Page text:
What are the characteristic properties of a piston by definition?
Quite simply put: A piston plugs a hole.
It is the moving component that is contained by a cylinder and is made gas-tight by piston rings.
(Note: I would disagree in the wiki assessment only to say it is sealed tight by sealing rings. Not all pistons have rings attached to them, as I'll explain.)
In your example, the similarity stops there.
What is the difference between the two types of pistons?
Realistically, a piston can be made of any material so long as it does the job at hand. Pistons used in modern internal combustion engines are most likely made of cast hypereutectic (over saturation of silicon content) aluminum. This is due to their light weight and strength to weight ratio. For more heavy duty applications, forged aluminum might be used. Forged aluminum is more resistant to detonation which might occur under high cylinder pressure. Hypereutectic pistons are shatter prone under high stress. Older vehicles may have used cast iron pistons, back when refining aluminum was very expensive.
A brake piston, on the other hand, can be made of plastic, aluminum, or chrome-plated steel. (Most I've seen are the latter.) Again, all it does is plug a hole.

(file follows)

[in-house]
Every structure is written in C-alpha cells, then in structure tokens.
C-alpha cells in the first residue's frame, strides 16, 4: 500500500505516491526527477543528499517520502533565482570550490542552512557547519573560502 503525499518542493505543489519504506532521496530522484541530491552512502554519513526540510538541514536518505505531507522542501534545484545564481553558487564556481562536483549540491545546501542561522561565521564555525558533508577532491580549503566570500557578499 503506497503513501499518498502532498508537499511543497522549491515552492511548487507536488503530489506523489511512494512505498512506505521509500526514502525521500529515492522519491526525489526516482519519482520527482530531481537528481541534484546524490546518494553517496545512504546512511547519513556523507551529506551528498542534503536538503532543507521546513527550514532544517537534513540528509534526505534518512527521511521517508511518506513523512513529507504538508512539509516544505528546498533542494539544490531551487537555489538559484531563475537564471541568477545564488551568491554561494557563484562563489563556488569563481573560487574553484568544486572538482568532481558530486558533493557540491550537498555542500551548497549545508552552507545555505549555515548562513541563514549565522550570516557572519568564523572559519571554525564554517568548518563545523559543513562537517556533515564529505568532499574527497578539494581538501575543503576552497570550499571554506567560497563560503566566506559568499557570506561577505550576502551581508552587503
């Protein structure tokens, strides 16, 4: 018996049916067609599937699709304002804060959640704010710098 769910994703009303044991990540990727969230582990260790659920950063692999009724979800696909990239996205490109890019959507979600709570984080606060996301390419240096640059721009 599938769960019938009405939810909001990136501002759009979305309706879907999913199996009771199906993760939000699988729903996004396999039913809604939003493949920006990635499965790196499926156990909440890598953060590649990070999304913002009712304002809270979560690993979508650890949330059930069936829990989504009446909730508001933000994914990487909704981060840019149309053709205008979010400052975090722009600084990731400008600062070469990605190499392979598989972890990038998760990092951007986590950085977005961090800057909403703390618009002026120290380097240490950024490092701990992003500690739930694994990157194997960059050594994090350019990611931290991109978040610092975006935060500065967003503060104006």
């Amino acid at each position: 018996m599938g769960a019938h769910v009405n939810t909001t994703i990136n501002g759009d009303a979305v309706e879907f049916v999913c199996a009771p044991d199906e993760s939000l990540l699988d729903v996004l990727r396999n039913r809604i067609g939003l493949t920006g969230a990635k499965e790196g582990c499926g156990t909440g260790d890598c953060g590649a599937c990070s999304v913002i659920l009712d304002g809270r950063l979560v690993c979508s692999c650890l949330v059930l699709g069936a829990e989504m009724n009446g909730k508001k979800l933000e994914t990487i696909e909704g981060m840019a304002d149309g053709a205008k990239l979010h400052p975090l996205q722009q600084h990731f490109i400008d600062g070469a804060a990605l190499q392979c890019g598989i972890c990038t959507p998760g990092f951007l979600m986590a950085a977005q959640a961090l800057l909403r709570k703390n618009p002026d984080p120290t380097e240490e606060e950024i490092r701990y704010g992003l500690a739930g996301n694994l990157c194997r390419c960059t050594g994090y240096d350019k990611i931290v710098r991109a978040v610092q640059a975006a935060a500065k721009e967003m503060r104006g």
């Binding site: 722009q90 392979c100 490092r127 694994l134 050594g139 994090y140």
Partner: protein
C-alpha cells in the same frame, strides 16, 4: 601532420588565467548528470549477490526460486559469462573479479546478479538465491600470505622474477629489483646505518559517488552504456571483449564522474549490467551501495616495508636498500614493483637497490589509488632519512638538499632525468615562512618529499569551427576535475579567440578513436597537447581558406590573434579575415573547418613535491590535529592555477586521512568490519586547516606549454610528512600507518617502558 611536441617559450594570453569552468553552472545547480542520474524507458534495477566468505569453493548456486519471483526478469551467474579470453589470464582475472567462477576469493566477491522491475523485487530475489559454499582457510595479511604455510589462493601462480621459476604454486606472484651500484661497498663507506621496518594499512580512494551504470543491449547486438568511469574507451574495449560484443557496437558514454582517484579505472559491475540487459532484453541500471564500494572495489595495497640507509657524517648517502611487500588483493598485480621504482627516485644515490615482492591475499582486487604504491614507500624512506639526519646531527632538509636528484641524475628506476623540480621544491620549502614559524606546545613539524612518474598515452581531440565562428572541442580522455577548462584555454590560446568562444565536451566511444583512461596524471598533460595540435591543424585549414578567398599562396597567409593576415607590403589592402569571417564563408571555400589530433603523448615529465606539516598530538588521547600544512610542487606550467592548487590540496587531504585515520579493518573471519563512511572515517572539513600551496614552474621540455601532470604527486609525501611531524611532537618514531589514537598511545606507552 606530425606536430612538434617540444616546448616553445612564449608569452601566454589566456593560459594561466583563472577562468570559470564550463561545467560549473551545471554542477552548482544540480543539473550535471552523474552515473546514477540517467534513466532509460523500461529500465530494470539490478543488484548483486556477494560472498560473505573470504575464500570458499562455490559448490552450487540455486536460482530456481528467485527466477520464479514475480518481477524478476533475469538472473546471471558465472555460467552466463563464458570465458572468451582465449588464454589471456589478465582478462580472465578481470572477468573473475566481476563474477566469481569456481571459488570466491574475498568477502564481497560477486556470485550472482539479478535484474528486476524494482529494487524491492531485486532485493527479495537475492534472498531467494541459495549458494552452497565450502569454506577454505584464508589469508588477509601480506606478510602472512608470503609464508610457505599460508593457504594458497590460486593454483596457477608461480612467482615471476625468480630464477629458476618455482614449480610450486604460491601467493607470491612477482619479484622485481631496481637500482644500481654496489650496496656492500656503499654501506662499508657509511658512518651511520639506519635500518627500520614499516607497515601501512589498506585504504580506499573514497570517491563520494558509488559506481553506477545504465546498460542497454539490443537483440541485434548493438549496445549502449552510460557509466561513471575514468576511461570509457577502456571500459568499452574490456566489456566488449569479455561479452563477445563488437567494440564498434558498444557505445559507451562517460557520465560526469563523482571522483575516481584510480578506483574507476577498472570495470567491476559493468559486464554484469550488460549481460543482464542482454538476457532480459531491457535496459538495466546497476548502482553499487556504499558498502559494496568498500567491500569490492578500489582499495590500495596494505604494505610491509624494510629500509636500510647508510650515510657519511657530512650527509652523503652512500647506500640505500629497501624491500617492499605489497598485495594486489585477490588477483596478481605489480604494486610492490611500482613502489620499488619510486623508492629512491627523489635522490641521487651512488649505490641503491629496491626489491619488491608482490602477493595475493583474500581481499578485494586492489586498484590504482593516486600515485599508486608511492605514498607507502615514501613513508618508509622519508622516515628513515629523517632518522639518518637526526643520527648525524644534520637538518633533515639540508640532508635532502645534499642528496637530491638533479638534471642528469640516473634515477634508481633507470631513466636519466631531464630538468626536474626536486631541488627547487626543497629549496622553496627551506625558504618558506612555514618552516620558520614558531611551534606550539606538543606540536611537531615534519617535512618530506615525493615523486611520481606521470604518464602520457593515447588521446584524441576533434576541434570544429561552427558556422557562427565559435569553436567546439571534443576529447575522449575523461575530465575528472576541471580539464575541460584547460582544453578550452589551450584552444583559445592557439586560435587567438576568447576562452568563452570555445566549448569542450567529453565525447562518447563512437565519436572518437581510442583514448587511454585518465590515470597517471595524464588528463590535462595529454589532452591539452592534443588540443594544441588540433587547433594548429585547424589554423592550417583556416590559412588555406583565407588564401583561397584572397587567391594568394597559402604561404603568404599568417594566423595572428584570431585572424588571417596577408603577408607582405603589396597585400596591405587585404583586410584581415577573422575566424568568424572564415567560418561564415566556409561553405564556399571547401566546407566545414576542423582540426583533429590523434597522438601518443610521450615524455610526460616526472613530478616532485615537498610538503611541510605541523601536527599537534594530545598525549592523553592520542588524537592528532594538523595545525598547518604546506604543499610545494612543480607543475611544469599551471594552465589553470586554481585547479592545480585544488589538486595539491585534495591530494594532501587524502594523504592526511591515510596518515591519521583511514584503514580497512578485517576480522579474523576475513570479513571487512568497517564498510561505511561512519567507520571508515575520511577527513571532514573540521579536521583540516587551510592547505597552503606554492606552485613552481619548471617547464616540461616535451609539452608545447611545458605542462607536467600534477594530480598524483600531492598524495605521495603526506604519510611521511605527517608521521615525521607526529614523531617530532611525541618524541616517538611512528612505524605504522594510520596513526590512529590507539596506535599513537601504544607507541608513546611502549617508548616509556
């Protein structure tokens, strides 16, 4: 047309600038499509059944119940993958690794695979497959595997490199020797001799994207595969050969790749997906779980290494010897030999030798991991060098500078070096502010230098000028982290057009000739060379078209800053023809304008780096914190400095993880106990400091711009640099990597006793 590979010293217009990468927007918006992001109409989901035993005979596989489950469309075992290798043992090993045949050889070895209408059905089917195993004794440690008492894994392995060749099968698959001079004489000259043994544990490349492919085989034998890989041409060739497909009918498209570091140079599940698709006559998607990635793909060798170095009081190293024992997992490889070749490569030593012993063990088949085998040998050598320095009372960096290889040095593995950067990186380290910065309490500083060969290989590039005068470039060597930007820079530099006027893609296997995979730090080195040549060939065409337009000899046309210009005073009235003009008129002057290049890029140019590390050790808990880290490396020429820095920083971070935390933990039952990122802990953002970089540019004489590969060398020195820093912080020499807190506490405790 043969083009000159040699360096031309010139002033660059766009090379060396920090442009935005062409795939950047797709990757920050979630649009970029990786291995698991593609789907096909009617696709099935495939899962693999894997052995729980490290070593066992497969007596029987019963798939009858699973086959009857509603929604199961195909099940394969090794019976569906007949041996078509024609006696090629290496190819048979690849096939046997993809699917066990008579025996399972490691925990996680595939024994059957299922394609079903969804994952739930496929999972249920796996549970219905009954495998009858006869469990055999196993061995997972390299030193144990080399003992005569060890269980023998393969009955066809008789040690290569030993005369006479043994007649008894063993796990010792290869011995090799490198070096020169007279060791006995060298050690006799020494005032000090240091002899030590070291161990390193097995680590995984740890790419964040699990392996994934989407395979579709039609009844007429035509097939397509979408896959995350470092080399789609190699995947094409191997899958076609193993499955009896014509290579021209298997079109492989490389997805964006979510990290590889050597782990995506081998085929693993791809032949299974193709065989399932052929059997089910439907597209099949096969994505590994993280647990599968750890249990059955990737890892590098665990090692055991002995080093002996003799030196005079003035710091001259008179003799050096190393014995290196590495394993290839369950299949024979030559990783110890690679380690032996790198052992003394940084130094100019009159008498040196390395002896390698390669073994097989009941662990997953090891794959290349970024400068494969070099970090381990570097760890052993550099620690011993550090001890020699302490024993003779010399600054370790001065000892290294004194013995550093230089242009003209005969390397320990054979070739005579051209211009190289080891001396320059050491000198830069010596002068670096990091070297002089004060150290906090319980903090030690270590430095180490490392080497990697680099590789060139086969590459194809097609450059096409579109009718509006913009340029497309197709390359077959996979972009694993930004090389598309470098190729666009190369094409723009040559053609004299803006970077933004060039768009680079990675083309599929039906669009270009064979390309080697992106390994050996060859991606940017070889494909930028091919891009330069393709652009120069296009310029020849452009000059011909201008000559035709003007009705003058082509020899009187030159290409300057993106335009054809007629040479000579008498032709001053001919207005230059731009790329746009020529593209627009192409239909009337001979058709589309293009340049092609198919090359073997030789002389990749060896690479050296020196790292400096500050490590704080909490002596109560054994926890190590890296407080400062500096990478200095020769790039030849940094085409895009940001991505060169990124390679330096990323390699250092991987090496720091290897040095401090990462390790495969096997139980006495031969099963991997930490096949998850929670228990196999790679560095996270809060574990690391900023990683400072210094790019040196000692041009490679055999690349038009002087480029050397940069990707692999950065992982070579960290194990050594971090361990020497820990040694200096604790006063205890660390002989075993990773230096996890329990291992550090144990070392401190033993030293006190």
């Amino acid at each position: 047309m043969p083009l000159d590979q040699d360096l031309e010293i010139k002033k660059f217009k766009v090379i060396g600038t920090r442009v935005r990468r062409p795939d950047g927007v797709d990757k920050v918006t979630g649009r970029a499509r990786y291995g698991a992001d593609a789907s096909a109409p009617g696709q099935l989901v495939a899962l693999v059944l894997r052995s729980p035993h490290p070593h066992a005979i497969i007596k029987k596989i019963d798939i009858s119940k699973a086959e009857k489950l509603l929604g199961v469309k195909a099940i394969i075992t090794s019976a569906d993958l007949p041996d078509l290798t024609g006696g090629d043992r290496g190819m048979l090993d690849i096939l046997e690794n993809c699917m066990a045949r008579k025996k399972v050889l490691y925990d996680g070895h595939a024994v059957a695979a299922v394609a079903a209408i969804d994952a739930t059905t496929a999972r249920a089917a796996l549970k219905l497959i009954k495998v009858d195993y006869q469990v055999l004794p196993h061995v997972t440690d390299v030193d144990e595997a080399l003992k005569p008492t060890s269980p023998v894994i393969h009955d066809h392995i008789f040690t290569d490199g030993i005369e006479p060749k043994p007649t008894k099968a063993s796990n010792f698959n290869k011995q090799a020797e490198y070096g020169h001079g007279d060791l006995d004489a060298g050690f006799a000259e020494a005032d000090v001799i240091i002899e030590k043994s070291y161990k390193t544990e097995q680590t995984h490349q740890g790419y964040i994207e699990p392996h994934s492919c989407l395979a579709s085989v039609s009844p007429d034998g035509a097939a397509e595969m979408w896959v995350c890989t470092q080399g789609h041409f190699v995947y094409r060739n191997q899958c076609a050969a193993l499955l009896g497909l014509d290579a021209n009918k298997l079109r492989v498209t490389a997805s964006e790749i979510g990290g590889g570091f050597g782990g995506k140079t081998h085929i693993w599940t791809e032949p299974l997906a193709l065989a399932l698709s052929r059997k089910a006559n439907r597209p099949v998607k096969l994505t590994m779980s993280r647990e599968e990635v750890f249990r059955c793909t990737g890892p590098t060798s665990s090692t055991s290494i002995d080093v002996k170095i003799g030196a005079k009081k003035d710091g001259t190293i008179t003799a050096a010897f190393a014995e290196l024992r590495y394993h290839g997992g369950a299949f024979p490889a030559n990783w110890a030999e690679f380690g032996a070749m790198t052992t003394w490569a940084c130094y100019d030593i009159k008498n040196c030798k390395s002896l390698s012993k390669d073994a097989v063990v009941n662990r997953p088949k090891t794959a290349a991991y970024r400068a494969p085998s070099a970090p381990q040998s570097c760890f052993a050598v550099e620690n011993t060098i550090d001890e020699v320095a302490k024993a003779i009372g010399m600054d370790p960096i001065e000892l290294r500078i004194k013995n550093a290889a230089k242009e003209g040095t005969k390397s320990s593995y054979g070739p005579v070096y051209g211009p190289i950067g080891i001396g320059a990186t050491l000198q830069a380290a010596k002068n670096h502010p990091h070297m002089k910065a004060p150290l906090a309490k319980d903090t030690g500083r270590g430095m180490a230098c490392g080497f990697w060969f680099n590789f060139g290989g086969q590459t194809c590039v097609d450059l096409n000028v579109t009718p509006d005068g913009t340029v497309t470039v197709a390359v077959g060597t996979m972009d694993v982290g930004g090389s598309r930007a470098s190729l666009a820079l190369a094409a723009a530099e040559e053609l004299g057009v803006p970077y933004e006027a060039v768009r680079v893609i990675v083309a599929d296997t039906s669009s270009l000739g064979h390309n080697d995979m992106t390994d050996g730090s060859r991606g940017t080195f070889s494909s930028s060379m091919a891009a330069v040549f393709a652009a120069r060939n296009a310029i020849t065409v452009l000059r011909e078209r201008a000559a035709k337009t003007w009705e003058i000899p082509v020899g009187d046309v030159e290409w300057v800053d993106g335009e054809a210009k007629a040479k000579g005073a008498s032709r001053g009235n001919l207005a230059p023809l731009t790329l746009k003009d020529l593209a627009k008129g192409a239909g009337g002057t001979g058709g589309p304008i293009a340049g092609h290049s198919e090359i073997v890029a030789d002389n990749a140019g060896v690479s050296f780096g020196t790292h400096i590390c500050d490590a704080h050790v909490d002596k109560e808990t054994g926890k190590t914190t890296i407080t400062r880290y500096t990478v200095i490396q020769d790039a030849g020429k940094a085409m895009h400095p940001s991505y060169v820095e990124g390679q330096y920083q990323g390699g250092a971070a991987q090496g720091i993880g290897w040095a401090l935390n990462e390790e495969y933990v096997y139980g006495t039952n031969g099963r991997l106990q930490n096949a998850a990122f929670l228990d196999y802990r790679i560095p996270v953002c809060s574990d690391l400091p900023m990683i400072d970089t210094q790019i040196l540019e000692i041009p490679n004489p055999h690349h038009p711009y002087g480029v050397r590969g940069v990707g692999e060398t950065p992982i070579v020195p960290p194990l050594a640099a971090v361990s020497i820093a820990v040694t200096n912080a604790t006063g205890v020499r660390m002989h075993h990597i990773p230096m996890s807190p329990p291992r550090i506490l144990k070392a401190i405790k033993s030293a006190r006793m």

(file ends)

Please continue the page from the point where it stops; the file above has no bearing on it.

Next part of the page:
A brake piston is smooth on the outside radius. It is sealed from the inside of the caliper to hold the brake fluid in. The top of the brake caliper piston (the side which brake fluid acts upon) is relatively flat. This is to ensure the brake fluid is acting upon the piston equally across the entire face.
An engine piston has ring groves machined into them. These ring groves provide space for piston rings which seals the cylinder almost completely tight, with two compression rings to provide the sealing (some truck applications use three sealing rings). There is a third ring grove at the bottom of the piston which provides space for an oil control set of rings. This helps scrape oil off of the cylinder walls, forcing it back down into the bottom to the oil pan. The face of the engine piston can be of many different varieties. Some have indentations to allow the valves a place to be (instead of hitting the piston!). There can also be crowns for higher compression and depressions for lower compression.